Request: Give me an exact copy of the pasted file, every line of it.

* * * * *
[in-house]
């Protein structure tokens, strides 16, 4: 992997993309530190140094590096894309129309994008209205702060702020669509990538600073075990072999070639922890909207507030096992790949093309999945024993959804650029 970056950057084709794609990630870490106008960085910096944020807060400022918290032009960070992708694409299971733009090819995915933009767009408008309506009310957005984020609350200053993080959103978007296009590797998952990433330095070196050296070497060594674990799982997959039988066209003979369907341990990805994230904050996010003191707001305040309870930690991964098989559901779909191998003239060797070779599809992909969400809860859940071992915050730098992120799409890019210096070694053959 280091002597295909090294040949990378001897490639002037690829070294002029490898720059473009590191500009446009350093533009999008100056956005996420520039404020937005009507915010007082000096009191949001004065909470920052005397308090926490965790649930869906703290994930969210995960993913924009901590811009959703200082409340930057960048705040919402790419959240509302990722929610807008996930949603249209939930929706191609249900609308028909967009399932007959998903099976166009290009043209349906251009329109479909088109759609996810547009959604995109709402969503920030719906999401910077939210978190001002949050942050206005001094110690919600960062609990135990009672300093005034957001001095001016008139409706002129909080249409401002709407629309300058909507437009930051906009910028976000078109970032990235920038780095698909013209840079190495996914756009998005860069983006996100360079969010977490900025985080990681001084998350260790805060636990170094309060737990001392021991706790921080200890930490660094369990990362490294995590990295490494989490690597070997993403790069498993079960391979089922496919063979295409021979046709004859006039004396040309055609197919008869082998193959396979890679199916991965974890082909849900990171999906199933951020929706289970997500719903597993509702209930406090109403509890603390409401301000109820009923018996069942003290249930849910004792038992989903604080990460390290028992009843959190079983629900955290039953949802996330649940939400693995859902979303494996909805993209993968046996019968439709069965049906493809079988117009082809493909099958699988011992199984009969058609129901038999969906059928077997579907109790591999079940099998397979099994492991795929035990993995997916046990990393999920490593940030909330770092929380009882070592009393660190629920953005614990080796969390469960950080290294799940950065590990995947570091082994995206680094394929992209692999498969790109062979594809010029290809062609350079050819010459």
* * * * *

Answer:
[in-house]
């Protein structure tokens, strides 16, 4: 992997993309530190140094590096894309129309994008209205702060702020669509990538600073075990072999070639922890909207507030096992790949093309999945024993959804650029 970056950057084709794609990630870490106008960085910096944020807060400022918290032009960070992708694409299971733009090819995915933009767009408008309506009310957005984020609350200053993080959103978007296009590797998952990433330095070196050296070497060594674990799982997959039988066209003979369907341990990805994230904050996010003191707001305040309870930690991964098989559901779909191998003239060797070779599809992909969400809860859940071992915050730098992120799409890019210096070694053959 280091002597295909090294040949990378001897490639002037690829070294002029490898720059473009590191500009446009350093533009999008100056956005996420520039404020937005009507915010007082000096009191949001004065909470920052005397308090926490965790649930869906703290994930969210995960993913924009901590811009959703200082409340930057960048705040919402790419959240509302990722929610807008996930949603249209939930929706191609249900609308028909967009399932007959998903099976166009290009043209349906251009329109479909088109759609996810547009959604995109709402969503920030719906999401910077939210978190001002949050942050206005001094110690919600960062609990135990009672300093005034957001001095001016008139409706002129909080249409401002709407629309300058909507437009930051906009910028976000078109970032990235920038780095698909013209840079190495996914756009998005860069983006996100360079969010977490900025985080990681001084998350260790805060636990170094309060737990001392021991706790921080200890930490660094369990990362490294995590990295490494989490690597070997993403790069498993079960391979089922496919063979295409021979046709004859006039004396040309055609197919008869082998193959396979890679199916991965974890082909849900990171999906199933951020929706289970997500719903597993509702209930406090109403509890603390409401301000109820009923018996069942003290249930849910004792038992989903604080990460390290028992009843959190079983629900955290039953949802996330649940939400693995859902979303494996909805993209993968046996019968439709069965049906493809079988117009082809493909099958699988011992199984009969058609129901038999969906059928077997579907109790591999079940099998397979099994492991795929035990993995997916046990990393999920490593940030909330770092929380009882070592009393660190629920953005614990080796969390469960950080290294799940950065590990995947570091082994995206680094394929992209692999498969790109062979594809010029290809062609350079050819010459």